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Measuring Attitudes to Migration in the Media automatically with Complementary Data Sources and Methods


Schneider, Gerold; Reveilhac, Maud (2022). Measuring Attitudes to Migration in the Media automatically with Complementary Data Sources and Methods. In: Ronan, Patricia; Ziegler, Evelyn. Approaches to Migration and Language Identity. Oxford, Bern, Berlin, Bruxelles, New York, Wien: Peter Lang, 207-252.

Abstract

In this study, we trace trends and the evolution of connotations of migrants and refugees in the US from 1987 to 2018, using automatic methods of text analysis. To do so, we apply methods from computational linguistics research, and discuss their respective added-value. We rely on complementary data sources: newspaper articles, transcripts of TV broadcast and social media data. More specifically, we diachronically measure attitudes to migra- tion, by analysing spikes in media discourse, associations that terms from the domain of migration typically have, and positive and negative stance that the topics in the migration discourse have provoked over the last two decades. Our results show that: (i) elections and important events lead to spikes, and the interest in migration increases over time; (ii) legal issues grow more important in media discourse of migration; (iii) distributional semantics confirms the increase of legal concerns, and demonstrates that migrant and refugee are often used as synonyms; (iv) sentiment towards migration is generally becoming more positive.

Abstract

In this study, we trace trends and the evolution of connotations of migrants and refugees in the US from 1987 to 2018, using automatic methods of text analysis. To do so, we apply methods from computational linguistics research, and discuss their respective added-value. We rely on complementary data sources: newspaper articles, transcripts of TV broadcast and social media data. More specifically, we diachronically measure attitudes to migra- tion, by analysing spikes in media discourse, associations that terms from the domain of migration typically have, and positive and negative stance that the topics in the migration discourse have provoked over the last two decades. Our results show that: (i) elections and important events lead to spikes, and the interest in migration increases over time; (ii) legal issues grow more important in media discourse of migration; (iii) distributional semantics confirms the increase of legal concerns, and demonstrates that migrant and refugee are often used as synonyms; (iv) sentiment towards migration is generally becoming more positive.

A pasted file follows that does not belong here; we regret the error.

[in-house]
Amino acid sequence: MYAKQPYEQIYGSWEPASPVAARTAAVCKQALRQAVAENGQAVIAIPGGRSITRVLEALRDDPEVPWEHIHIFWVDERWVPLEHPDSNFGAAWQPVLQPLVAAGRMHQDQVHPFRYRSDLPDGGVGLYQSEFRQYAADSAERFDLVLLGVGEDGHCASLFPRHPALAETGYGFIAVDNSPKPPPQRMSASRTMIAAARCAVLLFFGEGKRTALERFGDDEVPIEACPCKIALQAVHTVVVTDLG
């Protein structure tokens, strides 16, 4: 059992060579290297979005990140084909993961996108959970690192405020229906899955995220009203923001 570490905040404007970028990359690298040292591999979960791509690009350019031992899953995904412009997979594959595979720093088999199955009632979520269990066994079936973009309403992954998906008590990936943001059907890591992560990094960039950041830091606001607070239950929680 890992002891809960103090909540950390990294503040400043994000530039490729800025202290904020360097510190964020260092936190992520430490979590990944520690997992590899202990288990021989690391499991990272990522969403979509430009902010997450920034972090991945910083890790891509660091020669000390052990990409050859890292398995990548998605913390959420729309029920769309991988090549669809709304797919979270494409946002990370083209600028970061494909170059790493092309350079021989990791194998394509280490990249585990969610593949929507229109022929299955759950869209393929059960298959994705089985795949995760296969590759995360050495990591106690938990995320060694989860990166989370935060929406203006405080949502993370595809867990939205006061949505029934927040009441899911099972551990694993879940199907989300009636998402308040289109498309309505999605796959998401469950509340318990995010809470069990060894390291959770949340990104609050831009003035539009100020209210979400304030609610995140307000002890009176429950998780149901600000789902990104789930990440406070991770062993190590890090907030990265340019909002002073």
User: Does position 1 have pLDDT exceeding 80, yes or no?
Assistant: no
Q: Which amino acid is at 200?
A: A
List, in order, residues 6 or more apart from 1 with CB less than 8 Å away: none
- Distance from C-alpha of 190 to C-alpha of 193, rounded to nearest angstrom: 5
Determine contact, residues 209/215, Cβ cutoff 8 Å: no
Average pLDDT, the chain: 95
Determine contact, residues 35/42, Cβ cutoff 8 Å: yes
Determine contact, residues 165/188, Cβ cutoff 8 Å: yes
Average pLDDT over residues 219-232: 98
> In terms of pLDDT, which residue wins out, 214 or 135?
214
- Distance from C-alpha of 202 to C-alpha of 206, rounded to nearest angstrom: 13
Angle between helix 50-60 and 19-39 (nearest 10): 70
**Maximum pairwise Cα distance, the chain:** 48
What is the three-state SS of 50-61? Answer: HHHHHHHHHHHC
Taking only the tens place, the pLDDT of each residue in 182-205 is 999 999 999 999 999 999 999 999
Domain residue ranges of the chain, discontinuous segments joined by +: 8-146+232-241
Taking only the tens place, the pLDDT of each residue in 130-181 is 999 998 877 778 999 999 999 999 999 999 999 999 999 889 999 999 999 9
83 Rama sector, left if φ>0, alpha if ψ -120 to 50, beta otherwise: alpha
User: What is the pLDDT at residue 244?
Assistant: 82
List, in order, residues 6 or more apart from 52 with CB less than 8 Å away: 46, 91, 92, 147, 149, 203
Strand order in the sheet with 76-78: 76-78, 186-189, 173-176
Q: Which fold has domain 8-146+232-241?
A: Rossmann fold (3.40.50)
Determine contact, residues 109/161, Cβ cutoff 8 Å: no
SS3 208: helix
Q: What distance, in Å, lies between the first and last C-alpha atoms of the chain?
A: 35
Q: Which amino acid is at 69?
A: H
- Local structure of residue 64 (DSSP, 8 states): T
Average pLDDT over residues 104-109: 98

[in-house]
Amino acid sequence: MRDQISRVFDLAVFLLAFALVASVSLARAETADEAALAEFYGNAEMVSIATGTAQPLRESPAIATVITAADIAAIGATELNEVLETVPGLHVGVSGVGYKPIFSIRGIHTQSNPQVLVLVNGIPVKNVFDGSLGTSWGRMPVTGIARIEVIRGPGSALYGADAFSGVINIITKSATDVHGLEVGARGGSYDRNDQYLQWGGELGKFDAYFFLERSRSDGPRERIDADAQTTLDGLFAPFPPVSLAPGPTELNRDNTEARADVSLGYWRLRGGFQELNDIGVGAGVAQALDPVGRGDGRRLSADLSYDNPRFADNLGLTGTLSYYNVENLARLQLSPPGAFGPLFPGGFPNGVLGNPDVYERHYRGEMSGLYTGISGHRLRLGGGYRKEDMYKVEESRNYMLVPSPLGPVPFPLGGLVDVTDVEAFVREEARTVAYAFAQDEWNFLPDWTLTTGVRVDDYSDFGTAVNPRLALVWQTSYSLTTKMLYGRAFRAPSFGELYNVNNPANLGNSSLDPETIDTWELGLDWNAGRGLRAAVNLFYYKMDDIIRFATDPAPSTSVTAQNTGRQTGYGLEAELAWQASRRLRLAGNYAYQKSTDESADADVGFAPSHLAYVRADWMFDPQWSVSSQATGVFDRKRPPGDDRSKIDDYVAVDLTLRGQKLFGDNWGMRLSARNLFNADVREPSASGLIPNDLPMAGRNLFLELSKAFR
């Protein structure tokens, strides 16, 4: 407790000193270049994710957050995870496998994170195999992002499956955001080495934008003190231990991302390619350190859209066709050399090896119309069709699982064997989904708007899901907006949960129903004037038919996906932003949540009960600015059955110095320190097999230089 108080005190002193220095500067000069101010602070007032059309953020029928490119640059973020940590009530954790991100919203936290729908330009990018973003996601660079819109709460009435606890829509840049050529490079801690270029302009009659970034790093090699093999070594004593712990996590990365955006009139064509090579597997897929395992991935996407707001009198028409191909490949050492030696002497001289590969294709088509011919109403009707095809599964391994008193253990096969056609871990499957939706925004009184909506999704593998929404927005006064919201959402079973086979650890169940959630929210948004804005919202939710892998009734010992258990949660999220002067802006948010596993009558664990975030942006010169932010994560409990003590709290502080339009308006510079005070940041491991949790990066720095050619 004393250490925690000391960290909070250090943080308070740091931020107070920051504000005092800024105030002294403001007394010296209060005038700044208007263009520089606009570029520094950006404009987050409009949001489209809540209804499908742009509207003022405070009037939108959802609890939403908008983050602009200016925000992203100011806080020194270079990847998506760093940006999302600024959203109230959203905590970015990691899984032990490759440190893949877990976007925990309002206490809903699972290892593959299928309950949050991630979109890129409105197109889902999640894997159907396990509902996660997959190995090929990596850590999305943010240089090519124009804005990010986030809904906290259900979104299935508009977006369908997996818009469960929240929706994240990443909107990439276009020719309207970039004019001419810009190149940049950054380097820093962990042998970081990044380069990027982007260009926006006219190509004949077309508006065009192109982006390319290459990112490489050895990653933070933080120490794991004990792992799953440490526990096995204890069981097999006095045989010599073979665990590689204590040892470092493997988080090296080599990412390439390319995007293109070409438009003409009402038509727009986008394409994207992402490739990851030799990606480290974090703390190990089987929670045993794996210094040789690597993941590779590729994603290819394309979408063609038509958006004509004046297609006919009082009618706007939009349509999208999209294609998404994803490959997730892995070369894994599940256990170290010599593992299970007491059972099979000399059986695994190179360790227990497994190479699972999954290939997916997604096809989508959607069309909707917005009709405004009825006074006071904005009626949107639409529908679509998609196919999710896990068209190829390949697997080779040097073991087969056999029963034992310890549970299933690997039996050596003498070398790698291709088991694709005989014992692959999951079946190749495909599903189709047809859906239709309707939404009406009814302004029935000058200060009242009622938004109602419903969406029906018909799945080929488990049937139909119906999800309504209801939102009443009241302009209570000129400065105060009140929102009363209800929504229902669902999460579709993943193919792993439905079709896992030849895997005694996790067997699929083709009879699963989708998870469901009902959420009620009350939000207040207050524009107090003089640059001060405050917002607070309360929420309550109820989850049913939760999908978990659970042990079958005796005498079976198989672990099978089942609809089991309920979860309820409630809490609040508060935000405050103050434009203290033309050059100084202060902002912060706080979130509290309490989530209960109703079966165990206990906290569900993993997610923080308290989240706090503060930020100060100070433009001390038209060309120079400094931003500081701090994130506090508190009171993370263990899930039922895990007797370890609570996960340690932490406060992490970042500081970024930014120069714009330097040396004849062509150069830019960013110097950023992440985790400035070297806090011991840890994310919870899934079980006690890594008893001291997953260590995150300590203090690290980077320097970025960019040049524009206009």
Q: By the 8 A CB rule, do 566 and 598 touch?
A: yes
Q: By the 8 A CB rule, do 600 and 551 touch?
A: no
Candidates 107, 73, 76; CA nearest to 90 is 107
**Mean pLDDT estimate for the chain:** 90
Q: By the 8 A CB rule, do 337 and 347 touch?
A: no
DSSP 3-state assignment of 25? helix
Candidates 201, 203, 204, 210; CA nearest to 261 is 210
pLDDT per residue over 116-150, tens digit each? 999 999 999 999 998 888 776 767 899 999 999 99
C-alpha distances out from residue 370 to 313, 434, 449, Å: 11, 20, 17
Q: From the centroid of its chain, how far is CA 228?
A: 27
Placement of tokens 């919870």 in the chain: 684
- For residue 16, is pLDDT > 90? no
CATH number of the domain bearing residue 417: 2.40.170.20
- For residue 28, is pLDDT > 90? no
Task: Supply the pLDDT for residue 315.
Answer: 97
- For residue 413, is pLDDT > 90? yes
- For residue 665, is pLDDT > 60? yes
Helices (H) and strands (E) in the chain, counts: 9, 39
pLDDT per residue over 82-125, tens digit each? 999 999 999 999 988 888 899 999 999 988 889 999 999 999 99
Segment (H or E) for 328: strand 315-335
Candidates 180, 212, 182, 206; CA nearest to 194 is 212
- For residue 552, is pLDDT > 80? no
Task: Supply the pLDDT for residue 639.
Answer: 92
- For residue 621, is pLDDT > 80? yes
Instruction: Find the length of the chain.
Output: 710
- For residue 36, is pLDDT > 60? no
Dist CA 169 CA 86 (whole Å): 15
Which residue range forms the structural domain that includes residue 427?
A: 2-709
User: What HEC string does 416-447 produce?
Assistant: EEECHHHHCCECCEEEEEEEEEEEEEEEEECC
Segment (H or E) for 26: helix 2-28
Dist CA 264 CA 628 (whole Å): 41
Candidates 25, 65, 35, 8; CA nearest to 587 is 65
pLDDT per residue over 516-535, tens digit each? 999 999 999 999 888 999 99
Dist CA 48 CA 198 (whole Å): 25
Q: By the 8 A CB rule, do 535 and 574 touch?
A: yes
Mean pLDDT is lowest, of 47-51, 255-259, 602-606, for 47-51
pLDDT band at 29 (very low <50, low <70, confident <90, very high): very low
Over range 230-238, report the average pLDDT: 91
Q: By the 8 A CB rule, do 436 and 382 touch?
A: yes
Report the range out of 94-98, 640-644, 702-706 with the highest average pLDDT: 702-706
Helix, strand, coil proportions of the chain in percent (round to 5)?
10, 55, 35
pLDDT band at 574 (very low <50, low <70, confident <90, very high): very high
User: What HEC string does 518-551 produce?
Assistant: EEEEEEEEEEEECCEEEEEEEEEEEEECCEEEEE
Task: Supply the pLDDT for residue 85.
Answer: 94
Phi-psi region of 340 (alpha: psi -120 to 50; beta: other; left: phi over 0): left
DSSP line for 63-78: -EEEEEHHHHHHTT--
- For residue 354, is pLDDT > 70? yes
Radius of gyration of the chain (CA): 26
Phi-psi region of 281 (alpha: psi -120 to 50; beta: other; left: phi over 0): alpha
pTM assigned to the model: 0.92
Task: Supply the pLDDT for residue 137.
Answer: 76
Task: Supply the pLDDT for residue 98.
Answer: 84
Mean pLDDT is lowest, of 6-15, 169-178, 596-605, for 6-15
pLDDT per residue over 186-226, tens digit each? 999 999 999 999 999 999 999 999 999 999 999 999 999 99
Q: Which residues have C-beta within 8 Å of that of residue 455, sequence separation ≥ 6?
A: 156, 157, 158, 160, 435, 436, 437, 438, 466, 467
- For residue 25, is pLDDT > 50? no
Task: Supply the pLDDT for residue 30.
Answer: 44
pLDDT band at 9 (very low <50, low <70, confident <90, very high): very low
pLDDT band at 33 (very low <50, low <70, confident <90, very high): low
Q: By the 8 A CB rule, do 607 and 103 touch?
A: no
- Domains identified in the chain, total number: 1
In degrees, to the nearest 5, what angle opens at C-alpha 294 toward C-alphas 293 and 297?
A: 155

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Additional indexing

Item Type:Book Section, refereed, original work
Communities & Collections:06 Faculty of Arts > English Department
06 Faculty of Arts > Institute of Computational Linguistics
06 Faculty of Arts > Department of Communication and Media Research
06 Faculty of Arts > Zurich Center for Linguistics
08 Research Priority Programs > Digital Religion(s)
06 Faculty of Arts > Linguistic Research Infrastructure (LiRI)
Dewey Decimal Classification:820 English & Old English literatures
Uncontrolled Keywords:Migration, computational linguistics, topic modelling, distributional semantics, sentiment
Language:English
Date:2022
Deposited On:12 Dec 2022 09:08
Last Modified:25 Mar 2024 04:44
Publisher:Peter Lang
ISBN:9781789978889
OA Status:Closed
Official URL:https://www.peterlang.com/document/1183598